One of my favorite poems is Billy Collin’s “On Turning Ten,” a sweet little verse on what it feels like to take our first steps out of childhood into something else. It ends with this:
“It seems only yesterday I used to believe there was nothing under my skin but light. If you cut me I would shine. But now if I fall upon the sidewalks of life, I skin my knees. I bleed.”
Fohr turns ten next month, and I have found myself looking back fondly over the blissful naivety of my youth. I was 27 when we started Fohr, and even a decade later, I can remember launch day so clearly: sitting on the floor of the Salt Lake City airport, watching emails roll in from people seeking more information about the thing that just made the jump from inside our heads into the big wide world. I was levitating. At that moment, I, too, felt my veins were filled with light.
Ten years have passed, and I look upon my proverbial skinned knees with deep pride and accomplishment. Every scar a lesson, every scab the earned outcome of trying - really trying - to change the world in some small way.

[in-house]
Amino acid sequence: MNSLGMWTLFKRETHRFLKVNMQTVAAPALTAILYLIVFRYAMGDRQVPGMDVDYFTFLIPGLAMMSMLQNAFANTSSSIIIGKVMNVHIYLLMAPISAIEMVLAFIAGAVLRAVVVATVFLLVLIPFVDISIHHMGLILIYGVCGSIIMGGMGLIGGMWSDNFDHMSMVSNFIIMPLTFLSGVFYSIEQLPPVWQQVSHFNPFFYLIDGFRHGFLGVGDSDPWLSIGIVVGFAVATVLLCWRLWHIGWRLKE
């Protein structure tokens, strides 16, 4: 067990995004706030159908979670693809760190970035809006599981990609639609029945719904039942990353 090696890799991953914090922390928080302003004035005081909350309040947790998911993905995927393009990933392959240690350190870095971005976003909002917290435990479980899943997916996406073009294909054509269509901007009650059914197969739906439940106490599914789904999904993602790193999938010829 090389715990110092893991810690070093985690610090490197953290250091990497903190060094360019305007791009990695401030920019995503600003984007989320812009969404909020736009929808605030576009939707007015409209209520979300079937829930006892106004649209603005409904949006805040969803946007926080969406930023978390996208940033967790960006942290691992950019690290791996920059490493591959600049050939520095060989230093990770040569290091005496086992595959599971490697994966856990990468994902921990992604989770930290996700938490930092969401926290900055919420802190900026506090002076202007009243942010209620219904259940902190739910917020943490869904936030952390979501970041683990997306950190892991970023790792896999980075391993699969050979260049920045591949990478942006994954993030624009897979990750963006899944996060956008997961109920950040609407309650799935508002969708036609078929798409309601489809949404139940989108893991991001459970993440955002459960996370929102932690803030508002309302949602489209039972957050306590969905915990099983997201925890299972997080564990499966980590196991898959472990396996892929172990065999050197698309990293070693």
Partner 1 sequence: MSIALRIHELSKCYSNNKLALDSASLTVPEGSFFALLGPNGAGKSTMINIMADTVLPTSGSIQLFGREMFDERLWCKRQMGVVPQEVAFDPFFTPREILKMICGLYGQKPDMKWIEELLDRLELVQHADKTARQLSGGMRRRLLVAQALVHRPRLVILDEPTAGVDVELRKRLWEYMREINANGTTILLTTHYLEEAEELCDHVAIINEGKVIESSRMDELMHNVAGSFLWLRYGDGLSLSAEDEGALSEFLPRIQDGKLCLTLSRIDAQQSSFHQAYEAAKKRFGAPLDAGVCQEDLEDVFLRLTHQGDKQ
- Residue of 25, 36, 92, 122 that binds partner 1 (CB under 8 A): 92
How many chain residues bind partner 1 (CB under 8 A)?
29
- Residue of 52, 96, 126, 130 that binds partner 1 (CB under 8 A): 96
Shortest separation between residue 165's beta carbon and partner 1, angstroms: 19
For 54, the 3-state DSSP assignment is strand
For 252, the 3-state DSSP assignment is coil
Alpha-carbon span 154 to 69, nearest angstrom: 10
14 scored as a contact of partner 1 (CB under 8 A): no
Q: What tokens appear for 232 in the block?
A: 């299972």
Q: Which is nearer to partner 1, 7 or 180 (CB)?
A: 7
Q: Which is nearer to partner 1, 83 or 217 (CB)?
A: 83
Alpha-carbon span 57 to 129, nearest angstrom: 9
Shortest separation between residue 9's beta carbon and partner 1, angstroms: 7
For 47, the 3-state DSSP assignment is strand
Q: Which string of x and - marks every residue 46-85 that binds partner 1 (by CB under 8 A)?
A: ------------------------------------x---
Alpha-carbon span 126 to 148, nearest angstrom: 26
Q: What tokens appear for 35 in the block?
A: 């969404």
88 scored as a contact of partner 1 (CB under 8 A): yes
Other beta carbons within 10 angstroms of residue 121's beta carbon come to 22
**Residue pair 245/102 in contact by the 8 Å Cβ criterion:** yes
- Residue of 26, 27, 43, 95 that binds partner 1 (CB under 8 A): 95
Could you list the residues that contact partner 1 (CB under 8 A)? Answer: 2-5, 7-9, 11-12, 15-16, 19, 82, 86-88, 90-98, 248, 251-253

Fohr is my life’s work, and I feel so blessed to continue it. The key difference between 2013 and now is that instead of sitting alone on the dirty floor of Terminal 1, I’m accompanied by astonishingly good and committed colleagues and supported by clients who trust us, challenge us, and collaborate with us to change the practice of advertising.
I used to interpret the poem as sad—the lament of a loss of optimism or hope, but I see it differently now.
It is said that bravery isn’t an absence of fear but, rather, action in spite of it. I believe true optimism is knowing you can fail and choosing to still go for it; stepping on the field knowing you can lose; running as fast as you can, knowing if you fall, you’ll bleed.
Founder + CEO